It is told that St. Cuthbert would visit Ebba's monastery to instruct the community. At night Cuthbert would disappear to bathe and pray in the sea, to stop himself succumbing to temptations of the flesh. Very early one morning, a monk from the monastery spied him praying and singing psalms in the sea and as Cuthbert came ashore, he saw or imagined he saw two otters bound out of the sea and join Cuthbert in prayer.

Shortly after the death of Ebba, and as foretold in prophesy by the monk Adamnan, the monastery burned down. The  site was abandoned, and by the first half of the 8th century, as Bede confirms, the site was deserted. However the gifts of Ebba in bringing the Christian religion to this part of  Scotland was not forgotten, and in a book written about c.1200 by the monks of Coldingham, they tell of many pilgrims visiting the Kirk Hill and the spring at Well Mouth, located at the top of the beach now called Horse Castle Bay. St. Ebba's feast day is celebrated on 25 August.

Blessing of Ebba

May you know your own self
In the image of God's eye
May your own self be wise 
In the hearing of God's voice
May your own self be kind
In the speaking of God's word
May your own self be courageous
In the knowing of God's love
May your own self know itself 
In the image of God's eye

Blessed Be

wordinthehand2012




Friday, 24 August 2012

Lindisfarne Pilgrim



Here I am

Held in the palm of Your holy place
Fled from the gravity of daily life.
I perch on sun-warmed rock.
Heavy honeyed air is
Stirred by ancient breezes.
Almost beyond hearing
Seals sing Jacob’s mantra
‘Here I am’.

Poised on the promontory of faith
Sun and wind send their might against me.
And I stand, not bowed but exulted.
Fused to this place.
Sun Spirit,
Air Spirit,
Earth Spirit
Glorious Trinity of all You are.

Your breath on me is intoxicating, incisive,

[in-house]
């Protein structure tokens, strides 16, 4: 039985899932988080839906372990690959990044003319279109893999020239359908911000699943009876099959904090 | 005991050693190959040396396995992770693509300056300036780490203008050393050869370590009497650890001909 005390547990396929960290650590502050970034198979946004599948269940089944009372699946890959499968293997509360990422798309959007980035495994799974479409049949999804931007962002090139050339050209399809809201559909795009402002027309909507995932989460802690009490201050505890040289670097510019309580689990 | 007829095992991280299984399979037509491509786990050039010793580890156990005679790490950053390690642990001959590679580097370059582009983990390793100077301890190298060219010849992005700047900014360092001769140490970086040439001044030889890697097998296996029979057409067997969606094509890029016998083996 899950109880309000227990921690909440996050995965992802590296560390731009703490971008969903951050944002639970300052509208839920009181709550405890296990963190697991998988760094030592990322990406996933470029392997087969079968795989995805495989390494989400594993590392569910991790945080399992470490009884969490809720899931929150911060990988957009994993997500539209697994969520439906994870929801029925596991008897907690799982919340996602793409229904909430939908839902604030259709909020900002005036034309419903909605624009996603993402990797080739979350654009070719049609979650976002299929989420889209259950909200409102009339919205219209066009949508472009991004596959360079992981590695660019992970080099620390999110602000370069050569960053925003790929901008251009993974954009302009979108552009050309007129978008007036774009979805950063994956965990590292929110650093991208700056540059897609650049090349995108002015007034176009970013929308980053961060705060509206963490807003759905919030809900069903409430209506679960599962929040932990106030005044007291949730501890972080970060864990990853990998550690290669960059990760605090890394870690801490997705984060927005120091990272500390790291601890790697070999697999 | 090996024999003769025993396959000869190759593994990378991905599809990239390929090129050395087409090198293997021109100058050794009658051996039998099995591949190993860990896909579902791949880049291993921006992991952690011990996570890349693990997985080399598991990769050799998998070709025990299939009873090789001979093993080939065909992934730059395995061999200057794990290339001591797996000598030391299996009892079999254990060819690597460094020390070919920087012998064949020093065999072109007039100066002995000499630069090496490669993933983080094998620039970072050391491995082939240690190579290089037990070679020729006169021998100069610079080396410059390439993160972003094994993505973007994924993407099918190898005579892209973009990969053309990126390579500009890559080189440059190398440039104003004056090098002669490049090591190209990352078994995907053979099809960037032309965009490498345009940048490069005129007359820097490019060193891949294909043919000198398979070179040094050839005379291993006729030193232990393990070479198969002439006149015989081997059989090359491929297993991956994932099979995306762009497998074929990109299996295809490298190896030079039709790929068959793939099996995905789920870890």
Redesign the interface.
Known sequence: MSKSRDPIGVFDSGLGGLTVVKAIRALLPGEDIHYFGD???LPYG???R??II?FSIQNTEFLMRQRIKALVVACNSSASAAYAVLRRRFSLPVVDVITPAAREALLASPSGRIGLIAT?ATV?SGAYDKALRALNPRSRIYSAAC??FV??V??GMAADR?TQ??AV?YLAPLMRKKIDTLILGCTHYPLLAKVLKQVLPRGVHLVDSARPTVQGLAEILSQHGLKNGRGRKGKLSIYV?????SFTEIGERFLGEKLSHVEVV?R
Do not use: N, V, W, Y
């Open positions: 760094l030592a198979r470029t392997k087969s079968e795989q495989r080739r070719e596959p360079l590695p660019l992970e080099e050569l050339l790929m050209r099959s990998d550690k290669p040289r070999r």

Eroding pretence and artifice.
Leaving me standing bare boned
Before You.
Eyes closed against your crimson gaze.
Daughter to the island,
Sister to those gone before.
Here I am.

Blessed be

wordinthehand2012

Thursday, 16 August 2012

Pilgrim Sands




Only a footprint
a passing waymark 
in the pilgrim sands 
leading home

Reclaimed by 
ancient whisperings 
crystals of sand
ocean's tears

Barely footed
under sun and moon
sanctuary revealed
in the turn of the tide 

Safe passage 
in the steps of the wise 
pock-marked staffs
of those gone before

This footprint
the pilgrim's seal
of welcome
to the Holy Isle.

Blessed be


wordinthehand2012





Lindisfarne, the Holy Island, is a tidal island. It can be reached twice a day by the causeway or by walking the pilgrim path - avoiding the quicksand and deep channels by following a series of staffs driven into the sand. At two points there are high platforms to be used as refuges when the tide catches you out. 




















Wednesday, 8 August 2012

Prayer Walk - Walled Garden

The Gate








A moment of choice
Without, Within
 Threshold holds
The promise








The Path wanders
A winding reverie
Who am I seeking?
Hiding from?










Relax into silence
Hear Nature's silence sing
Hum and song
Birds and bees










Joy reaches out 
Taking me with Her
My Love is here
My Love and my Lord










Blessed Be


wordinthehand2012